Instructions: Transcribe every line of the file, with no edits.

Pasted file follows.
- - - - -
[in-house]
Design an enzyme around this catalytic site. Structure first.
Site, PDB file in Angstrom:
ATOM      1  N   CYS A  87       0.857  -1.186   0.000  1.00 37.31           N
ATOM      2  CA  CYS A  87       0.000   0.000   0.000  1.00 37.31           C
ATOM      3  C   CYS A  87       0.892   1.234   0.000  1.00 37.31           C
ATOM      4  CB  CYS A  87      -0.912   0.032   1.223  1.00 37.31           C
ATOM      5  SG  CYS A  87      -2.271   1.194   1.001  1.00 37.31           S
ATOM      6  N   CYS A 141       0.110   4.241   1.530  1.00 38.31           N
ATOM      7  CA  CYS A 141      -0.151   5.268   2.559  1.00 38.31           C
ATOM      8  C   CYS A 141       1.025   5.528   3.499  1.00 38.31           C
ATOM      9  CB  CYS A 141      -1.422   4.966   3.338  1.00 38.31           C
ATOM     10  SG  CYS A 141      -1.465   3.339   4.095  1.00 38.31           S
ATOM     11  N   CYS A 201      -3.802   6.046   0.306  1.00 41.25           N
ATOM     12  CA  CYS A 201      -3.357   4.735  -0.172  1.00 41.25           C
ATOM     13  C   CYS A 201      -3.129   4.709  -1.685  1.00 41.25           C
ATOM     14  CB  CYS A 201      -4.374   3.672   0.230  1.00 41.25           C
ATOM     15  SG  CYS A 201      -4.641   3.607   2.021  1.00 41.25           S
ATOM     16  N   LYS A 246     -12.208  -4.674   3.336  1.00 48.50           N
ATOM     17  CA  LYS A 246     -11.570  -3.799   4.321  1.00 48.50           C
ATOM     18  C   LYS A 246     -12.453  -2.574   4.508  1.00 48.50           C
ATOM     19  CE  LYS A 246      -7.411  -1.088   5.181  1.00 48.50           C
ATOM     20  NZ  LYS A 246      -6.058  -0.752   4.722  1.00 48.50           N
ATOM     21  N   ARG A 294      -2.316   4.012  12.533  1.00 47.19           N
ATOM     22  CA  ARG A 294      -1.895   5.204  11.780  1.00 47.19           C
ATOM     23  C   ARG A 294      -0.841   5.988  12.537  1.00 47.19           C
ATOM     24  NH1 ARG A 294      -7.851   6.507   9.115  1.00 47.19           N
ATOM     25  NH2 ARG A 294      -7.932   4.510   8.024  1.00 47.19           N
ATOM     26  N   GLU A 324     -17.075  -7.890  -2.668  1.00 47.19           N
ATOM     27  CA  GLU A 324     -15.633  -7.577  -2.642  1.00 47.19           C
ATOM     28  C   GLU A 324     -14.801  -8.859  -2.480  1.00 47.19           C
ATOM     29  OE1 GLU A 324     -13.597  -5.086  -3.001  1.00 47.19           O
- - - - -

[in-house]
Design an enzyme around this catalytic site. Structure first.
Site, PDB file in Angstrom:
ATOM      1  N   CYS A  87       0.857  -1.186   0.000  1.00 37.31           N
ATOM      2  CA  CYS A  87       0.000   0.000   0.000  1.00 37.31           C
ATOM      3  C   CYS A  87       0.892   1.234   0.000  1.00 37.31           C
ATOM      4  CB  CYS A  87      -0.912   0.032   1.223  1.00 37.31           C
ATOM      5  SG  CYS A  87      -2.271   1.194   1.001  1.00 37.31           S
ATOM      6  N   CYS A 141       0.110   4.241   1.530  1.00 38.31           N
ATOM      7  CA  CYS A 141      -0.151   5.268   2.559  1.00 38.31           C
ATOM      8  C   CYS A 141       1.025   5.528   3.499  1.00 38.31           C
ATOM      9  CB  CYS A 141      -1.422   4.966   3.338  1.00 38.31           C
ATOM     10  SG  CYS A 141      -1.465   3.339   4.095  1.00 38.31           S
ATOM     11  N   CYS A 201      -3.802   6.046   0.306  1.00 41.25           N
ATOM     12  CA  CYS A 201      -3.357   4.735  -0.172  1.00 41.25           C
ATOM     13  C   CYS A 201      -3.129   4.709  -1.685  1.00 41.25           C
ATOM     14  CB  CYS A 201      -4.374   3.672   0.230  1.00 41.25           C
ATOM     15  SG  CYS A 201      -4.641   3.607   2.021  1.00 41.25           S
ATOM     16  N   LYS A 246     -12.208  -4.674   3.336  1.00 48.50           N
ATOM     17  CA  LYS A 246     -11.570  -3.799   4.321  1.00 48.50           C
ATOM     18  C   LYS A 246     -12.453  -2.574   4.508  1.00 48.50           C
ATOM     19  CE  LYS A 246      -7.411  -1.088   5.181  1.00 48.50           C
ATOM     20  NZ  LYS A 246      -6.058  -0.752   4.722  1.00 48.50           N
ATOM     21  N   ARG A 294      -2.316   4.012  12.533  1.00 47.19           N
ATOM     22  CA  ARG A 294      -1.895   5.204  11.780  1.00 47.19           C
ATOM     23  C   ARG A 294      -0.841   5.988  12.537  1.00 47.19           C
ATOM     24  NH1 ARG A 294      -7.851   6.507   9.115  1.00 47.19           N
ATOM     25  NH2 ARG A 294      -7.932   4.510   8.024  1.00 47.19           N
ATOM     26  N   GLU A 324     -17.075  -7.890  -2.668  1.00 47.19           N
ATOM     27  CA  GLU A 324     -15.633  -7.577  -2.642  1.00 47.19           C
ATOM     28  C   GLU A 324     -14.801  -8.859  -2.480  1.00 47.19           C
ATOM     29  OE1 GLU A 324     -13.597  -5.086  -3.001  1.00 47.19           O